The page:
We provide the PLC with last years schedule and a future master schedule blank with some stuff filled in--school testing dates, holidays, CO service dates, known major conflicts etc. Also a list of previously boy suggested outings that we never got around to (trips cancelled, etc). Boys then make a draft and work with the SM because it is not so easy. I have seen some SM "great ideas" dropped due to lack of interest. Oh course I have seen low attendance on trips the boys pushed hard on as well.

    I think once a working draft is made does an adult starting working on checking availability...

    Comment


    • #3
      I find things shift back and forth between where I'd want them to be and where they are ...

      With the crew, I'm pretty hard and fast. They propose a date and event, then see if a couple of adults are free. Or, they ask us when we can take off work then check their schedules. This makes it rough on committee who might rather schedule an event to their liking. More because they feel non-participant's guilt. I don't see it that way at all because if each of them can see their way free to an event that the others can't once a year ... that's four or five more possible events that would otherwise not be possible.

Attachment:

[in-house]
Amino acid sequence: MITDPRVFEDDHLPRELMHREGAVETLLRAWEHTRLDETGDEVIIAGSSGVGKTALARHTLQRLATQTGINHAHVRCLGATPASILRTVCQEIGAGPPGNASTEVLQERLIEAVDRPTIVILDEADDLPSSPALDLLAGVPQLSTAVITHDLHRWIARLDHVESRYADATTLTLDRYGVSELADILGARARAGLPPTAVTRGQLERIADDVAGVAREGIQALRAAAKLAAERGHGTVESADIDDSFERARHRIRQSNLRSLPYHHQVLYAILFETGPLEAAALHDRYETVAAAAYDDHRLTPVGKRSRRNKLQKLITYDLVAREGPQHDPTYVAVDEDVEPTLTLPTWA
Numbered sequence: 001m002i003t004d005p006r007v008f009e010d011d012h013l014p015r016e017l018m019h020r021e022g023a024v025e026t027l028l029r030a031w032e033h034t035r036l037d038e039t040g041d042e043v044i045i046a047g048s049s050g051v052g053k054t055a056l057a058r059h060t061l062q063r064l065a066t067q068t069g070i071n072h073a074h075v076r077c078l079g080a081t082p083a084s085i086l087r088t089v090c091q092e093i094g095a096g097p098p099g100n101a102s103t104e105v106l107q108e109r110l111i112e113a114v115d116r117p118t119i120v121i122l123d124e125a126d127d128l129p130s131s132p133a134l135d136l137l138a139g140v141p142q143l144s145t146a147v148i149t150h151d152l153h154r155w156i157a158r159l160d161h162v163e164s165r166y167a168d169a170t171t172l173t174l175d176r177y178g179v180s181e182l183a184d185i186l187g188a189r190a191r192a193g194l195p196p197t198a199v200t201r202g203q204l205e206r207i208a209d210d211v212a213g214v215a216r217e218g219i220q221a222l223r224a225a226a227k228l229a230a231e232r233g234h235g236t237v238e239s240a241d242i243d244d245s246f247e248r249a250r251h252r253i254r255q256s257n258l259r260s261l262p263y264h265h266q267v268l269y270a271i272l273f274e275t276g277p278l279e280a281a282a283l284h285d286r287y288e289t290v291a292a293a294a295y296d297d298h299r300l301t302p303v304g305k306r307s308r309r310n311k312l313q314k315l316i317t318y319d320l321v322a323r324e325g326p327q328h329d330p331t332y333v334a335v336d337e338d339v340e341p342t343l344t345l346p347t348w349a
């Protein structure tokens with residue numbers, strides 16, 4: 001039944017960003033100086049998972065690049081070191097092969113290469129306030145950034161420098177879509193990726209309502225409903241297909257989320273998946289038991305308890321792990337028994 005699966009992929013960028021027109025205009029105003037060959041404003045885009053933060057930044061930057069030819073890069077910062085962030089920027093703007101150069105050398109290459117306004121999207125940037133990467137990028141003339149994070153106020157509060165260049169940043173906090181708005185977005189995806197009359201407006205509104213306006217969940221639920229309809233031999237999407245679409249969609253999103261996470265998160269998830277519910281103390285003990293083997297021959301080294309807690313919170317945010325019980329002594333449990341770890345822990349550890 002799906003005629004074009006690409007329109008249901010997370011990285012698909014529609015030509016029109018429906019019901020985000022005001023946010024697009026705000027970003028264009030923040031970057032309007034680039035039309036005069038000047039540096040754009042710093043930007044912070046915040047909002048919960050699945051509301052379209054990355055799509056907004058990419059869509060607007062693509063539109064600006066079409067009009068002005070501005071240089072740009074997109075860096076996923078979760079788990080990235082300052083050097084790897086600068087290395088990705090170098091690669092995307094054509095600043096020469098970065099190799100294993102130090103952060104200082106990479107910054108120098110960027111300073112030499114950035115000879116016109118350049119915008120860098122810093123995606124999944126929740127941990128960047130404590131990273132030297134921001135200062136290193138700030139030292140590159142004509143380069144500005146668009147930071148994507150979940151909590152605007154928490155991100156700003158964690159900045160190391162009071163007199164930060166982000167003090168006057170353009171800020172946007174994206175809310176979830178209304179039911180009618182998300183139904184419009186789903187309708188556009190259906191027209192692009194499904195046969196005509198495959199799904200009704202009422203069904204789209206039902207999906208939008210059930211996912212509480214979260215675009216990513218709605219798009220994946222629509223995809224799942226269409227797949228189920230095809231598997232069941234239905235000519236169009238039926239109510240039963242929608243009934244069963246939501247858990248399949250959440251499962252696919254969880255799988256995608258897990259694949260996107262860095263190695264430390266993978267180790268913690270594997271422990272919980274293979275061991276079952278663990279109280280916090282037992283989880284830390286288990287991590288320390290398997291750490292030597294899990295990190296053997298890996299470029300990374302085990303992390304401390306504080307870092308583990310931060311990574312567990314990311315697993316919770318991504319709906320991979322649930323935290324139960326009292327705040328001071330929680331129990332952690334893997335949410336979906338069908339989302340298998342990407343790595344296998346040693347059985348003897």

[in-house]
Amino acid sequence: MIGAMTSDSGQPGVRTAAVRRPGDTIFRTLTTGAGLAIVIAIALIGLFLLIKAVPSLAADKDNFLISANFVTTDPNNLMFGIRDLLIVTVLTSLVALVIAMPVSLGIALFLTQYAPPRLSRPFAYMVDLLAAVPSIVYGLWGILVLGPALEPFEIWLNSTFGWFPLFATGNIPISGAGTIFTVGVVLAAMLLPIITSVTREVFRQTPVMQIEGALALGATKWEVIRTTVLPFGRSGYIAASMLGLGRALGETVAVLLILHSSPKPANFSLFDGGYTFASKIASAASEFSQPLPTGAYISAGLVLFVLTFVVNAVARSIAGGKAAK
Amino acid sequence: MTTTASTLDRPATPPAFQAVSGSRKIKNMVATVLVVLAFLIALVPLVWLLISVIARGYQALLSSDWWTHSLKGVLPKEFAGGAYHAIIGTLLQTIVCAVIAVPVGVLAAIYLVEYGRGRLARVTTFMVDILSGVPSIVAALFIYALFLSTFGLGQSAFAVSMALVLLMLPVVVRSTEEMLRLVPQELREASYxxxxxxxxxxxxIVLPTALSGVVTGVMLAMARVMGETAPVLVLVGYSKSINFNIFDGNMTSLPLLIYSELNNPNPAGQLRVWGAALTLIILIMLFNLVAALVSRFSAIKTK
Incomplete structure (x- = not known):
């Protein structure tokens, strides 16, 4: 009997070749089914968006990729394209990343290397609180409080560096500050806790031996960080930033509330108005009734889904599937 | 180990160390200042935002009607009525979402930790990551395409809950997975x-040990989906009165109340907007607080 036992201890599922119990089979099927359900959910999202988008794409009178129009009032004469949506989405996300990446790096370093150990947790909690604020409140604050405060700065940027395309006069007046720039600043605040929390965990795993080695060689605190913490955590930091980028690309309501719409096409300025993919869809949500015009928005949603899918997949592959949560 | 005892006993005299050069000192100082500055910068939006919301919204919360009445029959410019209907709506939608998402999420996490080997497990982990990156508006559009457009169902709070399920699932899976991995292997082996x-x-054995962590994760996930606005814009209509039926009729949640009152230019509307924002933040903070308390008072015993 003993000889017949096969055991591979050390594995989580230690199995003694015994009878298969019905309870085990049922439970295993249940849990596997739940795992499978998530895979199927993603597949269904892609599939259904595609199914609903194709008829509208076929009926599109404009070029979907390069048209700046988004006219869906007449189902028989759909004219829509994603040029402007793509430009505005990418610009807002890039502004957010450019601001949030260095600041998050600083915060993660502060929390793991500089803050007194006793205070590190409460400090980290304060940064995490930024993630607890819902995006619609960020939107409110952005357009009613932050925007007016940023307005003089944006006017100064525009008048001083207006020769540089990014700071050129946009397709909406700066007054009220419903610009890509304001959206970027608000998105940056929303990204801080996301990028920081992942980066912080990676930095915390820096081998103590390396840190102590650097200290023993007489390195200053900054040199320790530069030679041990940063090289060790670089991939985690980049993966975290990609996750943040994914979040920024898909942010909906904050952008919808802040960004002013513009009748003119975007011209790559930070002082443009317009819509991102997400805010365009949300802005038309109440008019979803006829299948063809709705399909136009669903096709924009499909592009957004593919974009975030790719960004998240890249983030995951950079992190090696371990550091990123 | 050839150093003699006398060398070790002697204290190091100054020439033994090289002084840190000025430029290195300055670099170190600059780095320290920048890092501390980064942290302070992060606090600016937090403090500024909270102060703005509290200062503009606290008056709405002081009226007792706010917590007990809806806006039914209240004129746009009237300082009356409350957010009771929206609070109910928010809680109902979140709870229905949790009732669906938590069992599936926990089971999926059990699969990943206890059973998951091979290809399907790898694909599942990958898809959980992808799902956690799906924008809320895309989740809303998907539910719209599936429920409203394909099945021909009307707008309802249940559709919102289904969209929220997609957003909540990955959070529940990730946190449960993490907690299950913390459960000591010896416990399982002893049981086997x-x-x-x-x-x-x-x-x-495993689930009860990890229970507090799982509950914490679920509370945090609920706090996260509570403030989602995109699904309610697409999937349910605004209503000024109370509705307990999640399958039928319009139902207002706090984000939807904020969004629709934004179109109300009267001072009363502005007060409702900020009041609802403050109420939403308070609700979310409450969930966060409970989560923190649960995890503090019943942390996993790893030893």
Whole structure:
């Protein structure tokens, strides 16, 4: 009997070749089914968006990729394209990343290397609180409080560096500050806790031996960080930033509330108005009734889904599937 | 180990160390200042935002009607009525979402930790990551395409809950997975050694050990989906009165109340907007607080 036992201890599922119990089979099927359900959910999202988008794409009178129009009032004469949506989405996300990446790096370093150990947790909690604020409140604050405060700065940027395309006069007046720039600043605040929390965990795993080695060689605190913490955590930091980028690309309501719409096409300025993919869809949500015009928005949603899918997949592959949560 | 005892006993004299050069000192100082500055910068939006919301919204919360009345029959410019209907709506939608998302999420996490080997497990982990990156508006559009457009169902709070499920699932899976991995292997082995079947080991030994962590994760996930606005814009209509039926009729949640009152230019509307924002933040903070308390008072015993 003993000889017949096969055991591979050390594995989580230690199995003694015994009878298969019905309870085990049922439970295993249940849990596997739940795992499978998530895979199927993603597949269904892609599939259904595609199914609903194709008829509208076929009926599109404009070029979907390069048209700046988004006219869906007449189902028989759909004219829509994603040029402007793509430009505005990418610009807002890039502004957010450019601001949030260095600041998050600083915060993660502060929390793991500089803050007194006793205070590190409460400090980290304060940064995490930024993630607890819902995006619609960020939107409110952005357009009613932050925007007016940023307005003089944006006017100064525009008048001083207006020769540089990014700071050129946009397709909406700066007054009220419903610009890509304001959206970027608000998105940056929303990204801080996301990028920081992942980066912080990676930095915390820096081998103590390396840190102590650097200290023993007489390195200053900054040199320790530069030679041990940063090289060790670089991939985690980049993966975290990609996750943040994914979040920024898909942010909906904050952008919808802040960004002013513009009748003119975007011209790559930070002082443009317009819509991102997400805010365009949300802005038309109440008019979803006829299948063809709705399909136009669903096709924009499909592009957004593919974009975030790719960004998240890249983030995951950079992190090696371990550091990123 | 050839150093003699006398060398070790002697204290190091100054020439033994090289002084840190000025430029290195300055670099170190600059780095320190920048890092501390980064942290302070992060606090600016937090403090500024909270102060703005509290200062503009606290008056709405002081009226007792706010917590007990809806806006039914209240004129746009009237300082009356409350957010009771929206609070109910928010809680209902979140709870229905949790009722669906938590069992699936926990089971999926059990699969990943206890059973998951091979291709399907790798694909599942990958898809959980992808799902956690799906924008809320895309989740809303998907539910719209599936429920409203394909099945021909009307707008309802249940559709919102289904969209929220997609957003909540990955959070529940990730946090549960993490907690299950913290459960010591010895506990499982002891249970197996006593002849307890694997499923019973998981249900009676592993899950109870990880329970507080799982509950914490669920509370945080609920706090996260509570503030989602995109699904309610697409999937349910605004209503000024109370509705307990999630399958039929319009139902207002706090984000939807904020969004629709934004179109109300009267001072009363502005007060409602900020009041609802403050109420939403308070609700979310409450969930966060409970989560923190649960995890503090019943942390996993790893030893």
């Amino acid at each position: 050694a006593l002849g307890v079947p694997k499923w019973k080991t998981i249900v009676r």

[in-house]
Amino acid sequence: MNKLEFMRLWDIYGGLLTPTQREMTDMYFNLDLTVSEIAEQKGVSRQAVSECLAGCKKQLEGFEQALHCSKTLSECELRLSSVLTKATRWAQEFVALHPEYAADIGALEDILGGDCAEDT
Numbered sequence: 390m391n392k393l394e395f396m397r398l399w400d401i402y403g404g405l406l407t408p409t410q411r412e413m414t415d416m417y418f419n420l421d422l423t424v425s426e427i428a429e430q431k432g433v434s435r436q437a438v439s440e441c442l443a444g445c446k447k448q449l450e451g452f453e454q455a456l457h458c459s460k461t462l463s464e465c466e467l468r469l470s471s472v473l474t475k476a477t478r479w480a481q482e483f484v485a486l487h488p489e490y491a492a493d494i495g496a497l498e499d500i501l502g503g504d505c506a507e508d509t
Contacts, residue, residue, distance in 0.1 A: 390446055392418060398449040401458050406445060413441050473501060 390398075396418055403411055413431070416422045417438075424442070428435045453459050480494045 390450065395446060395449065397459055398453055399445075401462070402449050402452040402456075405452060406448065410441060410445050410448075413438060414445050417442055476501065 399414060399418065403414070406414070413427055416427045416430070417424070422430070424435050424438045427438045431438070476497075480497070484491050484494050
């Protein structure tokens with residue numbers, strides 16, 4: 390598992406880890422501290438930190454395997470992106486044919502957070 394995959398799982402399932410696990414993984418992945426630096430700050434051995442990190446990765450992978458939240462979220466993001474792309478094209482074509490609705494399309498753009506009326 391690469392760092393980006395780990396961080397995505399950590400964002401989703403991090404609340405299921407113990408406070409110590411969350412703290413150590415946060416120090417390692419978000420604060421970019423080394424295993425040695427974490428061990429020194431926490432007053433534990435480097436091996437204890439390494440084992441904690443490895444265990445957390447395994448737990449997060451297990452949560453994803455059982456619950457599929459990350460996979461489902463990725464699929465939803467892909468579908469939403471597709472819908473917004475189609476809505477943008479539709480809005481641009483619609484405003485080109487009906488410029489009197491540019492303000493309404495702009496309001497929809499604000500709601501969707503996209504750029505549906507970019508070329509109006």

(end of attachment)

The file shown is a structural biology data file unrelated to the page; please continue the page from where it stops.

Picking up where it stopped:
With the troop: bigger numbers, more youth who can't drive, etc ... So coordinating with adults is more essential. More along the lines of what you suggest. Is the SPL in the room with the committee? We haven't been able to make that happen given youth schedules, but most chairs are available to talk with the SPL on meeting nights. Whatever you can do to make it feel like the boys are interacting with the committee rather than having dictates "handed down from on high", will help.

      Comment


      • #4
        This is a favorite discussion with many of us, so I'm sure it will be very active. I think you have a good idea of a boy run program. But there are no two boy run programs a like because growth and maturity of both the scouts and adults require constant changes or tuning. So don't get fixated on a single method, get fixated on the objective so that you can identify when you are on and off track. Its more important know where you are going then how to get there. Start thinking pictures that you can help identify your goal. For example one of the pictures I taught our leaders was that we were trying to put the adults out of business. Another way I explained it was we want the scouts so confident in their skills that if the adults didn't show up, the activities still ran as planned. I would even test that when opportunities allowed the adults hang back or not show up. Do you really need adults at a PLC meeting? But you get the point. Your training has to be good enough to teach confidence of doing the skills in normal activities, and the activities need to give the scouts the expertise of the skill. And when I say skills, I am also talking about value skills like the law and oath, or leadership, management, character and so on. To something, we have to practice that something. So introduce them to the skills and give the freedom to practice. Barry